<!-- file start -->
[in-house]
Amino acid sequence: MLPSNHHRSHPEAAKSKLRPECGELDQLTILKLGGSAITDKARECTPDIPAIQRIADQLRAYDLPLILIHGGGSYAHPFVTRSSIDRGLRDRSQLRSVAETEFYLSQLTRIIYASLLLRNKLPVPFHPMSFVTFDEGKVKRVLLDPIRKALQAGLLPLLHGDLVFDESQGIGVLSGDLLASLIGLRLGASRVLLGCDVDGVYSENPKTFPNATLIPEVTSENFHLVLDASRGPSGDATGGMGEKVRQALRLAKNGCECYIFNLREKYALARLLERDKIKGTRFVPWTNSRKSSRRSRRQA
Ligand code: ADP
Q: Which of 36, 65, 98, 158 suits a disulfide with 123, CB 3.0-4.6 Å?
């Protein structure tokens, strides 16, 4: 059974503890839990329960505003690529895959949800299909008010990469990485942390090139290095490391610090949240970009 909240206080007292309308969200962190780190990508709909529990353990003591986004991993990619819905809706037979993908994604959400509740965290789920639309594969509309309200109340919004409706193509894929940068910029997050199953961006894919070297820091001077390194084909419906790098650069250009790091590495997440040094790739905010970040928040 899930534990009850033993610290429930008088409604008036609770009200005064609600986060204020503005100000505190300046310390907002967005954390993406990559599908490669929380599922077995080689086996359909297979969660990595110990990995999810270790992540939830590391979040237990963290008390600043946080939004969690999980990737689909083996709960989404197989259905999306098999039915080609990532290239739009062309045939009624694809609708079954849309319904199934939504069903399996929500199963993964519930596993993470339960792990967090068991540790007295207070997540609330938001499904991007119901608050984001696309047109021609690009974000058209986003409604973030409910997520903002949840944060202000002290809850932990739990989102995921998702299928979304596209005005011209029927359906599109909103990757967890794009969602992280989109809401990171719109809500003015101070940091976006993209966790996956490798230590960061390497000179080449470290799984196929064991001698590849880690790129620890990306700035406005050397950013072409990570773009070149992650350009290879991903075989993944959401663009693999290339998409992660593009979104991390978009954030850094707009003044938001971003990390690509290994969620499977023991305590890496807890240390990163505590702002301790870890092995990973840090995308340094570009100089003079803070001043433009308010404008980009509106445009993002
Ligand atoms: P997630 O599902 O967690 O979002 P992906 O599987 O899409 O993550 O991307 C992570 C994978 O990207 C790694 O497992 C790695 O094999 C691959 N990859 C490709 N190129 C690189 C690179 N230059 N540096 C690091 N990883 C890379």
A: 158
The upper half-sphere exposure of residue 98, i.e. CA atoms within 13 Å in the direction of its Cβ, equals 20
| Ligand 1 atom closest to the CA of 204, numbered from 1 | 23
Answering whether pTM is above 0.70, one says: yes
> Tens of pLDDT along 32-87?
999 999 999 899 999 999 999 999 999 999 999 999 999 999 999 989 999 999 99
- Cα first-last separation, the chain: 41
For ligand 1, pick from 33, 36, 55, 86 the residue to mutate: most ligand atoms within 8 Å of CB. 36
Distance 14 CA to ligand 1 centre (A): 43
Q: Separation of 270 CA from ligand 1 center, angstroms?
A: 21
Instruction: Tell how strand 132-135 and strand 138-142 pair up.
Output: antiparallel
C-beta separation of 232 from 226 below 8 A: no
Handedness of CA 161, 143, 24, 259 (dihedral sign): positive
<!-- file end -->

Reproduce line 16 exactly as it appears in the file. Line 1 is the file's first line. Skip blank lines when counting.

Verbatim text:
Q: Separation of 270 CA from ligand 1 center, angstroms?